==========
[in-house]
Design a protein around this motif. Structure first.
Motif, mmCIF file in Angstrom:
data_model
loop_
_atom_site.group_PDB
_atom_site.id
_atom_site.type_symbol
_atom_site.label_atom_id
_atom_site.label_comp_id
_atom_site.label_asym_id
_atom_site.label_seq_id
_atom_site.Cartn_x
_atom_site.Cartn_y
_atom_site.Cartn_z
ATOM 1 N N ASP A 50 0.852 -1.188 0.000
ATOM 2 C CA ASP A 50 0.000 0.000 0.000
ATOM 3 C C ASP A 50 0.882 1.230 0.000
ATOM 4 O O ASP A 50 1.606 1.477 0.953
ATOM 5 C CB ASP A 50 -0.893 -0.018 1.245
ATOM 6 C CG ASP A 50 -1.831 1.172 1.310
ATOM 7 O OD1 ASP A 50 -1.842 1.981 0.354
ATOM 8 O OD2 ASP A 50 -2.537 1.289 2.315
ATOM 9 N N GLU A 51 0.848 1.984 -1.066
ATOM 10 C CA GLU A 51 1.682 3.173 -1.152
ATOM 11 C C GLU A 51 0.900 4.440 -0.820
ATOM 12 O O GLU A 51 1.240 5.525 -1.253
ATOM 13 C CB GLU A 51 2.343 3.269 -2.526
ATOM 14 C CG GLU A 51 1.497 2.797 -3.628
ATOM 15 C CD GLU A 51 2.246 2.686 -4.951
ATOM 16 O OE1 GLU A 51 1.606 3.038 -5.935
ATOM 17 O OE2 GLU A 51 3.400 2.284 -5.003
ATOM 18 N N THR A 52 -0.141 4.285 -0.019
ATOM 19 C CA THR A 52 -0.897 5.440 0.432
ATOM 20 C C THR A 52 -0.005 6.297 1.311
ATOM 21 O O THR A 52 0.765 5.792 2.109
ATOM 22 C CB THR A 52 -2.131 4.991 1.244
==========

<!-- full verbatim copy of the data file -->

[in-house]
Design a protein around this motif. Structure first.
Motif, mmCIF file in Angstrom:
data_model
loop_
_atom_site.group_PDB
_atom_site.id
_atom_site.type_symbol
_atom_site.label_atom_id
_atom_site.label_comp_id
_atom_site.label_asym_id
_atom_site.label_seq_id
_atom_site.Cartn_x
_atom_site.Cartn_y
_atom_site.Cartn_z
ATOM 1 N N ASP A 50 0.852 -1.188 0.000
ATOM 2 C CA ASP A 50 0.000 0.000 0.000
ATOM 3 C C ASP A 50 0.882 1.230 0.000
ATOM 4 O O ASP A 50 1.606 1.477 0.953
ATOM 5 C CB ASP A 50 -0.893 -0.018 1.245
ATOM 6 C CG ASP A 50 -1.831 1.172 1.310
ATOM 7 O OD1 ASP A 50 -1.842 1.981 0.354
ATOM 8 O OD2 ASP A 50 -2.537 1.289 2.315
ATOM 9 N N GLU A 51 0.848 1.984 -1.066
ATOM 10 C CA GLU A 51 1.682 3.173 -1.152
ATOM 11 C C GLU A 51 0.900 4.440 -0.820
ATOM 12 O O GLU A 51 1.240 5.525 -1.253
ATOM 13 C CB GLU A 51 2.343 3.269 -2.526
ATOM 14 C CG GLU A 51 1.497 2.797 -3.628
ATOM 15 C CD GLU A 51 2.246 2.686 -4.951
ATOM 16 O OE1 GLU A 51 1.606 3.038 -5.935
ATOM 17 O OE2 GLU A 51 3.400 2.284 -5.003
ATOM 18 N N THR A 52 -0.141 4.285 -0.019
ATOM 19 C CA THR A 52 -0.897 5.440 0.432
ATOM 20 C C THR A 52 -0.005 6.297 1.311
ATOM 21 O O THR A 52 0.765 5.792 2.109
ATOM 22 C CB THR A 52 -2.131 4.991 1.244